Boosting business with technology from ESA
The recent inauguration of the European Space Innovation Centre in the Netherlands, already hosting one of ESA’s six business incubation centres, will help to ensure that investments in space programmes continue to deliver benefits to all.
The European Space Innovation Centre (ESIC) is a minicampus for knowledge-intensive companies involved in aerospace.
Located in the Space Business Park near to ESA’s ESTEC space research and technology establishment in Noordwijk, itis promoting the exchange of knowledge between advanced technology and space activities, as well the exchange of technology and expertise between space programmes and terrestrial applications.
ESIC was inaugurated on 8 December 2011 in the presence of Liesbeth Spies, representing the Province of South Hollandand now Minister of the Interior and Kingdom Relations for the Netherlands.
Also present were Leendert de Lange, Alderman of Economic Affairs in Noordwijk, Jasper Wesseling, Director for Spatial and Regional Economic Policy in the Netherlands’ Ministry of Economic Affairs, Frank M.Salzgeber, Head of ESA’s Technology Transfer Programme Office,and Franco Ongaro, Director of ESTEC, the largest ESA site and the scientific and technical heart of the Agency’s space programmes.
At the opening, Mr Ongaro emphasised the importance of how we need to shape the development of Europe’s space capacity and support space business developments to achieve this, as well as spin-offs with non-space sectors.
“We need to ensure that investments in our space programmes continue to deliver benefits to the citizens of Europe and the world, and this is also done by supporting startups and entrepreneurs as we do in our business incubation centres.
“Innovative businesses, often small companies, can turn out great spin-offs based on our space technology and systems developments when properly supported both with technical advice and seed money.
“They come forward with their own ideas and strategies, but we can help them through the start of their company, their product development and to realise their businesses.”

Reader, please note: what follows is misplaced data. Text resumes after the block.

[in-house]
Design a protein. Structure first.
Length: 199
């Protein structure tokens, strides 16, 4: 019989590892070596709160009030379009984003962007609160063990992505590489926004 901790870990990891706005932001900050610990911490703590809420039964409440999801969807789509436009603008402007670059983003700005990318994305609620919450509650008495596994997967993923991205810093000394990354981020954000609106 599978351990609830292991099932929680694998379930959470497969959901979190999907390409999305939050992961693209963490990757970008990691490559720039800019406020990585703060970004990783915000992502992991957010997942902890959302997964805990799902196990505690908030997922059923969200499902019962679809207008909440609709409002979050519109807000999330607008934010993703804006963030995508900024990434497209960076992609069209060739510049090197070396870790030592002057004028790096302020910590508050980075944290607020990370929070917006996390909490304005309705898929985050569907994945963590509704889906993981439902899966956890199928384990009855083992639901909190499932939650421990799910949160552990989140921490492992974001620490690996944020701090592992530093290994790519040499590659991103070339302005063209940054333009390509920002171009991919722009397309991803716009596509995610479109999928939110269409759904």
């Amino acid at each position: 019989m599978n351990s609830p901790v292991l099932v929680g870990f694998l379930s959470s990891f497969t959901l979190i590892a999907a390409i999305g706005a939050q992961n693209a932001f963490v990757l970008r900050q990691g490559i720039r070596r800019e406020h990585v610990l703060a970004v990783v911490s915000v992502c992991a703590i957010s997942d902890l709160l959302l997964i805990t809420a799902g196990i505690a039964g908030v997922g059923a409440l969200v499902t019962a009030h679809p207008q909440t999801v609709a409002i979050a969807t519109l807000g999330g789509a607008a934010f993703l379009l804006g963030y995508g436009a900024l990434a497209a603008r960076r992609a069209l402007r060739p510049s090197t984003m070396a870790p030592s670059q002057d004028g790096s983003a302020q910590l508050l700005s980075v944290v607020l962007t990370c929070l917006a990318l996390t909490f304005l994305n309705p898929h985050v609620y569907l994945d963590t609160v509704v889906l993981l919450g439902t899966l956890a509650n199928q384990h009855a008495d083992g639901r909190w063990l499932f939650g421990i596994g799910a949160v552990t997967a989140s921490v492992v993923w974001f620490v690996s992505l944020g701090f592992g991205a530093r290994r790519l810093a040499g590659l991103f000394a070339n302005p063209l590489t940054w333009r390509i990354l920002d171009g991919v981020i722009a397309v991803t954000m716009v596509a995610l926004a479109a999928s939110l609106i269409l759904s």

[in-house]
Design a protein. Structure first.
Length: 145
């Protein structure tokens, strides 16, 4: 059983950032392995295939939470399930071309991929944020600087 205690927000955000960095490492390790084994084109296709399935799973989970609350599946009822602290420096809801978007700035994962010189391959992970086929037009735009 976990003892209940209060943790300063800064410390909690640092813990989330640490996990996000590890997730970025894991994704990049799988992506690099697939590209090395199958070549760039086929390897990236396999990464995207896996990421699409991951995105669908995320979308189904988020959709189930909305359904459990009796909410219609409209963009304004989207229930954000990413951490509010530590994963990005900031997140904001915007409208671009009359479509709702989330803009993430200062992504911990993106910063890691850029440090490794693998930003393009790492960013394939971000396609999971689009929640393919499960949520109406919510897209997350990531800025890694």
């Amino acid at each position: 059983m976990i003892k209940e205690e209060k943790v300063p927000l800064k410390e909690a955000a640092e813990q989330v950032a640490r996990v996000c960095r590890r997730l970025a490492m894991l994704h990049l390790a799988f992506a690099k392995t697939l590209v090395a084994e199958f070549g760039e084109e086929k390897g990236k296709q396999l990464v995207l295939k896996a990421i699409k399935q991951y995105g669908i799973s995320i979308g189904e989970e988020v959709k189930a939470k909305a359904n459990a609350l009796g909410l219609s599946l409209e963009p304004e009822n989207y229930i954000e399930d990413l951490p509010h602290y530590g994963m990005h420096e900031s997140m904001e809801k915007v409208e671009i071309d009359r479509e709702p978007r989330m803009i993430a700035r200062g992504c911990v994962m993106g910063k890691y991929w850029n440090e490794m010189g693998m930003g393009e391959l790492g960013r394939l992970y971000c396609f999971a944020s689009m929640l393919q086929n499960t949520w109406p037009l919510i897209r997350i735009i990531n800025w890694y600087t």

Leenderd de Lange explained the significant economic advantages of ESIC’s space businesses, Jasper Wesseling focused on the importance of innovation and entrepreneurship in the Netherlands and the role of space exploration technology, and Liesbeth Spies noted the importance in particular for South Holland of space science and related research and development (R&D) that translates into new business.
The main company in ESIC is the ESA Business Incubation Centre (BIC) Noordwijk, the first incubation centre that ESA opened in 2003 as part of the Agency’s efforts to spinoff space technology to terrestrial applications.
Since then, the centre has nurtured more than 50 startup companies developing innovative solutions and services based on space technologies, expertise and procedures, all the result of Europe’s R&D investments in space.
“We have currently 13 startups on the way and plan to support 40 new ones over the coming four year,” said Toon Buddingh from BViT Noordwijk BV, contracted to run the BIC on behalf of ESA.
The centre offers startup companies both technical expertise from ESTEC’s specialists as well as help on logistics and corporate issues to get their businesses going.
The success of ESA BIC Noordwijk has been extended by the opening of four more BICs in Germany, Italy and the UK, with another planned for Belgium.
ESA’s Business Incubation Centres
In 2003, ESA decided to set up the BICs as part of its technology transfer programme, with the intention of helping entrepreneurs and young companies to use space technologies and knowhow in innovative new products and services in non-space fields.
Successful BICs have already been established in the Netherlands (Noordwijk), Italy (Frascati), Germany (Darmstadt and Bavaria) and the UK (Harwell). Being near major space sitesensures that specialist advice and consultancy is never far away: ESTEC at Noordwijk, ESOC at Darmstadt, ESRIN at Frascati, DLR institutes at Oberpfaffenhofen and the Harwell Oxford science parks in Oxfordshire.
A sixth BIC is in the planning for the Belgian Wallonia region close to ESA's Redu Centre, to be launched soon.
ESA’s Technology Transfer Programme Office (TTPO)
The TTPO’s main mission is to facilitate the use of space technology and space systems for non-space applications and to demonstrate the benefit of the European space programme to European citizens.
The office is responsible for defining the overall approach and strategy for the transfer of space technologies, including the incubation of start-up companies and their funding. For more information, please contact:
ESA’s Technology Transfer Programme Office
European Space Agency
2200 AG, Noordwijk
Tel: +31 71 565 6208